Edmund White Says This Memoir of Sexual Abuse is "Tragic as a Greek Drama and as Engrossing as a Victorian Novel."

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April is both National Sexual Assault Awareness Month and National Child Abuse Prevention Month. Most books on these subjects, including Walter de Milly's, won't be found on coffee tables. But the Oxford American Magazine has listed his memoir as one of the most underrated Southern Books of All Time, describing it as an "almost unbelievably beautiful narrative recounting unspeakable suffering."

In My Father's Arms: A True Story of Incest is a memoir published before its time. While the book received critical support from important writers and psychologists on its publication, the subject itself remained uncomfortable in our culture. The story tells, for example, of the surgical castration of the father. It manages to convey this and other horrible things in a manner which will not bring satisfaction for those with prurient interests.

But for those who have suffered sexual abuse and those who love them, the book is essential reading. In his statement released today he says "There are many ways to commit murder. A sexual offender can murder a child without killing him. Some people think that physical damage must occur in order for a child to be abused. But it is not the physical act which does the damage. It is the ravaging of the child's heart… the tearing apart of the way the child understands relationships and love and caring. This is why the essential damage of sexual abuse is not usually physical. The damage is caused by betrayal. Fathers betray their sons and families. Priests betray their flocks. When the betrayer has become powerful by doing good works or wearing a mantle of spiritual authority, justice or even the simple hope of healing seems impossible."

The author says that even to this day, the influence of his (now deceased) father remains a force. His book has upset those who knew his father. Mr. de Milly was a man loved by his community. The father did good deeds, he visited the sick and raised money for the United Way and in his capacity as a banker, made loans to black churches when no other bank at the time would consider such a thing. But in his private life he took every opportunity to molest his son.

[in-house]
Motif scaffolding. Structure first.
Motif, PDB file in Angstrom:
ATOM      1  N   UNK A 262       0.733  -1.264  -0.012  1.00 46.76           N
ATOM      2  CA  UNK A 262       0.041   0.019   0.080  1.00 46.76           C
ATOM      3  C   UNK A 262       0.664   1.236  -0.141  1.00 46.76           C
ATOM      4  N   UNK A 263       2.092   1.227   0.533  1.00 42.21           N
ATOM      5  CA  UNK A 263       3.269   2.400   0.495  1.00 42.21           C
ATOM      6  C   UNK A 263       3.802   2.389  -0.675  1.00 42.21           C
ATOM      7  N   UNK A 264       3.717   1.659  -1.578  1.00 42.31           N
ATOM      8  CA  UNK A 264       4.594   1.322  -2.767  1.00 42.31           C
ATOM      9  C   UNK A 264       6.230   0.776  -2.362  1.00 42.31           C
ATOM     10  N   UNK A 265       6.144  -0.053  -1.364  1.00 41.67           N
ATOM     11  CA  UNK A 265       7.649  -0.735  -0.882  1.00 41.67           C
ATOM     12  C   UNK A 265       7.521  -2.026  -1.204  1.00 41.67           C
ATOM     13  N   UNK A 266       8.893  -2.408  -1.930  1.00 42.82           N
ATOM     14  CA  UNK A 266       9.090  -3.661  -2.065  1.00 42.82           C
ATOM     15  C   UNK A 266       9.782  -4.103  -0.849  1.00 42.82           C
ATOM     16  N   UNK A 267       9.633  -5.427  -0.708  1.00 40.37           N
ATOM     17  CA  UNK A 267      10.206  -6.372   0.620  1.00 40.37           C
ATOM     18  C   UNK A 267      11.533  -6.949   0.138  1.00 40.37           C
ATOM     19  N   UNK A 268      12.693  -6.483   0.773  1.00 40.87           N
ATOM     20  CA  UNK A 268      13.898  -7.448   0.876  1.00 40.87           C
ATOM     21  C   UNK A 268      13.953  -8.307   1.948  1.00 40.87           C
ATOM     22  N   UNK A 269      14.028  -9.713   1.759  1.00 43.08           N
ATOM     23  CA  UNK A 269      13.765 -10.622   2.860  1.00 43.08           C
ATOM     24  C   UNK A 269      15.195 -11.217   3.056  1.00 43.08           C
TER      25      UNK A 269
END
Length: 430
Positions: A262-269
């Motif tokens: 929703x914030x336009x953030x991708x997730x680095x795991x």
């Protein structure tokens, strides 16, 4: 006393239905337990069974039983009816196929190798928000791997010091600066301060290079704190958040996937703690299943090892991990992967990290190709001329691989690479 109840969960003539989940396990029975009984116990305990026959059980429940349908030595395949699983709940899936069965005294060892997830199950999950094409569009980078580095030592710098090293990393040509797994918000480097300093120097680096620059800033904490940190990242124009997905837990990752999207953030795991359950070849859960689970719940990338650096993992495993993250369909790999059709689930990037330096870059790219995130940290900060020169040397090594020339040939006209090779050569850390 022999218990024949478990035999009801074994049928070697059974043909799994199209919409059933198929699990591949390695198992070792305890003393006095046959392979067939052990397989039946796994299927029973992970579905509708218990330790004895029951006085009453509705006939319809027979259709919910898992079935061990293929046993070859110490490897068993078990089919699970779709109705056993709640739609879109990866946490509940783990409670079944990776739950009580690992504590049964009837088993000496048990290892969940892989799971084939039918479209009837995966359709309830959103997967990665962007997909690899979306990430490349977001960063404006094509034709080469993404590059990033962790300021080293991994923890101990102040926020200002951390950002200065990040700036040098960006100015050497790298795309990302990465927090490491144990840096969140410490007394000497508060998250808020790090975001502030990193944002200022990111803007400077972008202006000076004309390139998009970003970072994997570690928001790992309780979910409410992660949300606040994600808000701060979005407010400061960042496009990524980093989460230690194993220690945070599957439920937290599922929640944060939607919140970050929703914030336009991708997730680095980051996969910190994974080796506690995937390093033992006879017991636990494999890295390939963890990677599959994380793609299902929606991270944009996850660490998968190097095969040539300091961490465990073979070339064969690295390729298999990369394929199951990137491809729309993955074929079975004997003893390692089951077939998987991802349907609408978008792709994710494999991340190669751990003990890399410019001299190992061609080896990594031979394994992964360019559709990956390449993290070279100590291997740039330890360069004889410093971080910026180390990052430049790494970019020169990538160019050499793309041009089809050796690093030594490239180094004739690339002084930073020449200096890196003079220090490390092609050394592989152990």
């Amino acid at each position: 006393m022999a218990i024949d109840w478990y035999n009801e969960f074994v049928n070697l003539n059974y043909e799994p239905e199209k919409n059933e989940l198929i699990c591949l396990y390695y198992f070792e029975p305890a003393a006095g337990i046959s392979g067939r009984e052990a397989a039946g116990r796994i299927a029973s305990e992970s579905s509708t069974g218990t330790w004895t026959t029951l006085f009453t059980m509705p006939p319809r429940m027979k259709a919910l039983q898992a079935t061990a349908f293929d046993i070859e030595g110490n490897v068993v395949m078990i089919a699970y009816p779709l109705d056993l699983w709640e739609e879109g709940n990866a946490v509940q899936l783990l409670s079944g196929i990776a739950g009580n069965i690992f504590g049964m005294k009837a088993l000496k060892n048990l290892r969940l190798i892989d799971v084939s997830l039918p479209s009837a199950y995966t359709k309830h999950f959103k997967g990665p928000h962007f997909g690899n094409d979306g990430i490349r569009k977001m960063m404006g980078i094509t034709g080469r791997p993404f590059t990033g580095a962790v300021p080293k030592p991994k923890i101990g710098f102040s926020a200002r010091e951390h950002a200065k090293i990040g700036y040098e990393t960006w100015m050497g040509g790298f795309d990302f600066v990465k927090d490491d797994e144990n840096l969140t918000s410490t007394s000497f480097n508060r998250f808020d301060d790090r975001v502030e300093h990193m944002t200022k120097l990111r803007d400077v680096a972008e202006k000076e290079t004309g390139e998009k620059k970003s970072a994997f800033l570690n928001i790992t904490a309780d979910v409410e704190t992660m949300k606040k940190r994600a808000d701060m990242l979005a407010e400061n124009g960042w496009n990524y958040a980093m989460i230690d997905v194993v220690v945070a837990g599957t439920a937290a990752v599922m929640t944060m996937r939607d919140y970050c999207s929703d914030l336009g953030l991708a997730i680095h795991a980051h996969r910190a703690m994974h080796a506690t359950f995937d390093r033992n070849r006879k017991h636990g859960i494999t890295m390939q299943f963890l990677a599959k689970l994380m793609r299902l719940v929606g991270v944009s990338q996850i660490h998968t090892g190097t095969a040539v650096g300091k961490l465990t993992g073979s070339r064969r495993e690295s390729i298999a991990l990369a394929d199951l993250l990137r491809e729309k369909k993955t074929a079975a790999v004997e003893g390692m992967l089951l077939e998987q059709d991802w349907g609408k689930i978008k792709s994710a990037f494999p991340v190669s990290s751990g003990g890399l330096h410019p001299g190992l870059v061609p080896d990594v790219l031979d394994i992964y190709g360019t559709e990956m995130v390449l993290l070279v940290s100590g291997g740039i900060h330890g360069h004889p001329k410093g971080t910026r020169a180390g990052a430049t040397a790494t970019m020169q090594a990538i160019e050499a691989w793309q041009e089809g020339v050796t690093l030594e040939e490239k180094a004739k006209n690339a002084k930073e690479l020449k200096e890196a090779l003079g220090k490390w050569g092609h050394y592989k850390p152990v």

Today the author lives in Key West. In the ten years since the publication of his book, he's collaborated on other works, served as a victim advocate, and sat on two national nonprofit boards.

When asked if the book was cathartic, he says "not in the sense that it helped me vent my feelings. What the book did for me was to help me make sense of a senseless life."

"The process of healing" he says, "was like living inside a bubble. A bubble of incest. Everywhere I turned, it was there, separating me from the world outside. The bubble had the answers to my questions, but it was also keeping me a victim. One day I popped out of the bubble. It didn't disappear, but it did begin to shrink. Now, I tell people that it's like an old soccer ball, half deflated, in the weeds at the side of a field. I know it will always be there. But I don't have to look at it, or pay attention to what it holds. I can live, and see other places and times, and be who I am."

For more information on National Sexual Assault Awareness Month, go to http://www.nsvrc.org/news/saam/proclamation2010.

For information on National Child Abuse Prevention Month go to http://www.childwelfare.gov/preventing/preventionmonth/

The author is available for interviews.

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